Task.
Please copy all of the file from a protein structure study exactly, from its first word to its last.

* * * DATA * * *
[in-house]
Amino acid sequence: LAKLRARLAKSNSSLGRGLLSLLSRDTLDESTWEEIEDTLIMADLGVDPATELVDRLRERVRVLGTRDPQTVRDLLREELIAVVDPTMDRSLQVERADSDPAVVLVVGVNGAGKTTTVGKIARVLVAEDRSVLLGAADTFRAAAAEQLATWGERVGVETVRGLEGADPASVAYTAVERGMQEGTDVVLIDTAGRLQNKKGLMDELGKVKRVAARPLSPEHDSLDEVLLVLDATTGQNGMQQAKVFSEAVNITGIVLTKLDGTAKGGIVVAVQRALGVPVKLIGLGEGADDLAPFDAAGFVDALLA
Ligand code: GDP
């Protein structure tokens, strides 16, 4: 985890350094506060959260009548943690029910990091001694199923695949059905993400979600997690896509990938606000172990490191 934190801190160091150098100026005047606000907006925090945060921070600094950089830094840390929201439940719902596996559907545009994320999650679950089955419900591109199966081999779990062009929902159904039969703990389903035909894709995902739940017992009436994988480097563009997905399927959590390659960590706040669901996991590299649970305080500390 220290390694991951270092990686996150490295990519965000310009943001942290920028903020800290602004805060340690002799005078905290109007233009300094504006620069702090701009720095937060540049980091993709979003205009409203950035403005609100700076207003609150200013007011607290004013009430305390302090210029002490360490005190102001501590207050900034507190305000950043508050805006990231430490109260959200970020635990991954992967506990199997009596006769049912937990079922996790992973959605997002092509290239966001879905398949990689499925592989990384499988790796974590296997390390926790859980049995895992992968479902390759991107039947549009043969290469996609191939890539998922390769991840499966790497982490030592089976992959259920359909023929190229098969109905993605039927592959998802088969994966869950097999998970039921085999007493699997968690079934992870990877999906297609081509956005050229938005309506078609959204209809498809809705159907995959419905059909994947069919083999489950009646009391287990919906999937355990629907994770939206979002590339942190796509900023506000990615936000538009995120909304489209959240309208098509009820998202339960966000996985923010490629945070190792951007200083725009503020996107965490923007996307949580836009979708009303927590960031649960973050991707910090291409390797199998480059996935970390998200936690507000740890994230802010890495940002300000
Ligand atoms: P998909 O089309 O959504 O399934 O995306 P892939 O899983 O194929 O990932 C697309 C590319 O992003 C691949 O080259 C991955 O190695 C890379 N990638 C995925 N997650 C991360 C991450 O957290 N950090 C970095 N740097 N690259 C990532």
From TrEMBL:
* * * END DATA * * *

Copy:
[in-house]
Amino acid sequence: LAKLRARLAKSNSSLGRGLLSLLSRDTLDESTWEEIEDTLIMADLGVDPATELVDRLRERVRVLGTRDPQTVRDLLREELIAVVDPTMDRSLQVERADSDPAVVLVVGVNGAGKTTTVGKIARVLVAEDRSVLLGAADTFRAAAAEQLATWGERVGVETVRGLEGADPASVAYTAVERGMQEGTDVVLIDTAGRLQNKKGLMDELGKVKRVAARPLSPEHDSLDEVLLVLDATTGQNGMQQAKVFSEAVNITGIVLTKLDGTAKGGIVVAVQRALGVPVKLIGLGEGADDLAPFDAAGFVDALLA
Ligand code: GDP
């Protein structure tokens, strides 16, 4: 985890350094506060959260009548943690029910990091001694199923695949059905993400979600997690896509990938606000172990490191 934190801190160091150098100026005047606000907006925090945060921070600094950089830094840390929201439940719902596996559907545009994320999650679950089955419900591109199966081999779990062009929902159904039969703990389903035909894709995902739940017992009436994988480097563009997905399927959590390659960590706040669901996991590299649970305080500390 220290390694991951270092990686996150490295990519965000310009943001942290920028903020800290602004805060340690002799005078905290109007233009300094504006620069702090701009720095937060540049980091993709979003205009409203950035403005609100700076207003609150200013007011607290004013009430305390302090210029002490360490005190102001501590207050900034507190305000950043508050805006990231430490109260959200970020635990991954992967506990199997009596006769049912937990079922996790992973959605997002092509290239966001879905398949990689499925592989990384499988790796974590296997390390926790859980049995895992992968479902390759991107039947549009043969290469996609191939890539998922390769991840499966790497982490030592089976992959259920359909023929190229098969109905993605039927592959998802088969994966869950097999998970039921085999007493699997968690079934992870990877999906297609081509956005050229938005309506078609959204209809498809809705159907995959419905059909994947069919083999489950009646009391287990919906999937355990629907994770939206979002590339942190796509900023506000990615936000538009995120909304489209959240309208098509009820998202339960966000996985923010490629945070190792951007200083725009503020996107965490923007996307949580836009979708009303927590960031649960973050991707910090291409390797199998480059996935970390998200936690507000740890994230802010890495940002300000
Ligand atoms: P998909 O089309 O959504 O399934 O995306 P892939 O899983 O194929 O990932 C697309 C590319 O992003 C691949 O080259 C991955 O190695 C890379 N990638 C995925 N997650 C991360 C991450 O957290 N950090 C970095 N740097 N690259 C990532």
From TrEMBL: